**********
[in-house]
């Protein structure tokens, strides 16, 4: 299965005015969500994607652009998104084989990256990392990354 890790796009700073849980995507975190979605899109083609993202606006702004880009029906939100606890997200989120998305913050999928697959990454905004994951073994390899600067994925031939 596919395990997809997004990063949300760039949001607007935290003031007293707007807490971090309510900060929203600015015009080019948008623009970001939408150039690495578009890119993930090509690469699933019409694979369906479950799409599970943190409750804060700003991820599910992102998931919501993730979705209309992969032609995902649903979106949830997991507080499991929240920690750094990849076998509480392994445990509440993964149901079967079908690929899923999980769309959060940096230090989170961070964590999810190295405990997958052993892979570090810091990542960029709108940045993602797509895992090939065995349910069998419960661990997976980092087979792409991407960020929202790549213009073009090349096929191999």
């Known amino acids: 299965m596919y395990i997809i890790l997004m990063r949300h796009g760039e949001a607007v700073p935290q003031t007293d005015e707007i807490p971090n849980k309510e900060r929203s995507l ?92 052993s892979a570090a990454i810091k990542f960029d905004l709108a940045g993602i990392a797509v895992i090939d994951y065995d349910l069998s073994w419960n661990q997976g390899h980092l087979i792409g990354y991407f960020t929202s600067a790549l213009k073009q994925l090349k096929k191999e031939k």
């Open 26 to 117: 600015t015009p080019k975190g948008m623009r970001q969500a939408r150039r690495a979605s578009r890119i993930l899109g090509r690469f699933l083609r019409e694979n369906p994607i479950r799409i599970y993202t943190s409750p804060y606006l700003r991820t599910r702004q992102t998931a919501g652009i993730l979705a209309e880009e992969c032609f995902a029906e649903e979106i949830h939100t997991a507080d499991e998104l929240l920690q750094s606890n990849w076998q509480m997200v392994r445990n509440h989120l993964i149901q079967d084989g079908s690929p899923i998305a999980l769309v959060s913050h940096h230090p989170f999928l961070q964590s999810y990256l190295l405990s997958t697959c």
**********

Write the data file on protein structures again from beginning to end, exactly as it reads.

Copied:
[in-house]
């Protein structure tokens, strides 16, 4: 299965005015969500994607652009998104084989990256990392990354 890790796009700073849980995507975190979605899109083609993202606006702004880009029906939100606890997200989120998305913050999928697959990454905004994951073994390899600067994925031939 596919395990997809997004990063949300760039949001607007935290003031007293707007807490971090309510900060929203600015015009080019948008623009970001939408150039690495578009890119993930090509690469699933019409694979369906479950799409599970943190409750804060700003991820599910992102998931919501993730979705209309992969032609995902649903979106949830997991507080499991929240920690750094990849076998509480392994445990509440993964149901079967079908690929899923999980769309959060940096230090989170961070964590999810190295405990997958052993892979570090810091990542960029709108940045993602797509895992090939065995349910069998419960661990997976980092087979792409991407960020929202790549213009073009090349096929191999």
């Known amino acids: 299965m596919y395990i997809i890790l997004m990063r949300h796009g760039e949001a607007v700073p935290q003031t007293d005015e707007i807490p971090n849980k309510e900060r929203s995507l ?92 052993s892979a570090a990454i810091k990542f960029d905004l709108a940045g993602i990392a797509v895992i090939d994951y065995d349910l069998s073994w419960n661990q997976g390899h980092l087979i792409g990354y991407f960020t929202s600067a790549l213009k073009q994925l090349k096929k191999e031939k």
């Open 26 to 117: 600015t015009p080019k975190g948008m623009r970001q969500a939408r150039r690495a979605s578009r890119i993930l899109g090509r690469f699933l083609r019409e694979n369906p994607i479950r799409i599970y993202t943190s409750p804060y606006l700003r991820t599910r702004q992102t998931a919501g652009i993730l979705a209309e880009e992969c032609f995902a029906e649903e979106i949830h939100t997991a507080d499991e998104l929240l920690q750094s606890n990849w076998q509480m997200v392994r445990n509440h989120l993964i149901q079967d084989g079908s690929p899923i998305a999980l769309v959060s913050h940096h230090p989170f999928l961070q964590s999810y990256l190295l405990s997958t697959c």